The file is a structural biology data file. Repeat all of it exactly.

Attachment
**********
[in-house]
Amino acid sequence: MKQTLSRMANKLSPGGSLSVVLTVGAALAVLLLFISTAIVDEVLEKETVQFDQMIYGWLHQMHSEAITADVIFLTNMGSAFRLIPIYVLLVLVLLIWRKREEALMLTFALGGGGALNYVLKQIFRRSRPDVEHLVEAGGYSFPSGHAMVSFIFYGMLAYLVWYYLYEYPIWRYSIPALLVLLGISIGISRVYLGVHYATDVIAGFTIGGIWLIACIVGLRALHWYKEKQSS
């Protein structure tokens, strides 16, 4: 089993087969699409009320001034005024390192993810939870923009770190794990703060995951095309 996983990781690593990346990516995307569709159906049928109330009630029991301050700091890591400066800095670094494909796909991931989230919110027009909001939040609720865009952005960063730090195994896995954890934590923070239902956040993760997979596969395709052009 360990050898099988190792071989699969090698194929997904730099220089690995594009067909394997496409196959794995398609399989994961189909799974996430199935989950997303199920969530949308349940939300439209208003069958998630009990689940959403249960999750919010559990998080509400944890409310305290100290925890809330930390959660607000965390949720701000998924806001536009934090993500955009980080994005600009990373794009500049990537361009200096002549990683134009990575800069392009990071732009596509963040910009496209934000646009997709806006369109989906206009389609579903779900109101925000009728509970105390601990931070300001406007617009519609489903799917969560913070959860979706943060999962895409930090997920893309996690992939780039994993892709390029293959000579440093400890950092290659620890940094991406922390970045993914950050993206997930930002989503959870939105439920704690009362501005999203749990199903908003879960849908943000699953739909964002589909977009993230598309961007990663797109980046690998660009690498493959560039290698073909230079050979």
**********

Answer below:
[in-house]
Amino acid sequence: MKQTLSRMANKLSPGGSLSVVLTVGAALAVLLLFISTAIVDEVLEKETVQFDQMIYGWLHQMHSEAITADVIFLTNMGSAFRLIPIYVLLVLVLLIWRKREEALMLTFALGGGGALNYVLKQIFRRSRPDVEHLVEAGGYSFPSGHAMVSFIFYGMLAYLVWYYLYEYPIWRYSIPALLVLLGISIGISRVYLGVHYATDVIAGFTIGGIWLIACIVGLRALHWYKEKQSS
């Protein structure tokens, strides 16, 4: 089993087969699409009320001034005024390192993810939870923009770190794990703060995951095309 996983990781690593990346990516995307569709159906049928109330009630029991301050700091890591400066800095670094494909796909991931989230919110027009909001939040609720865009952005960063730090195994896995954890934590923070239902956040993760997979596969395709052009 360990050898099988190792071989699969090698194929997904730099220089690995594009067909394997496409196959794995398609399989994961189909799974996430199935989950997303199920969530949308349940939300439209208003069958998630009990689940959403249960999750919010559990998080509400944890409310305290100290925890809330930390959660607000965390949720701000998924806001536009934090993500955009980080994005600009990373794009500049990537361009200096002549990683134009990575800069392009990071732009596509963040910009496209934000646009997709806006369109989906206009389609579903779900109101925000009728509970105390601990931070300001406007617009519609489903799917969560913070959860979706943060999962895409930090997920893309996690992939780039994993892709390029293959000579440093400890950092290659620890940094991406922390970045993914950050993206997930930002989503959870939105439920704690009362501005999203749990199903908003879960849908943000699953739909964002589909977009993230598309961007990663797109980046690998660009690498493959560039290698073909230079050979």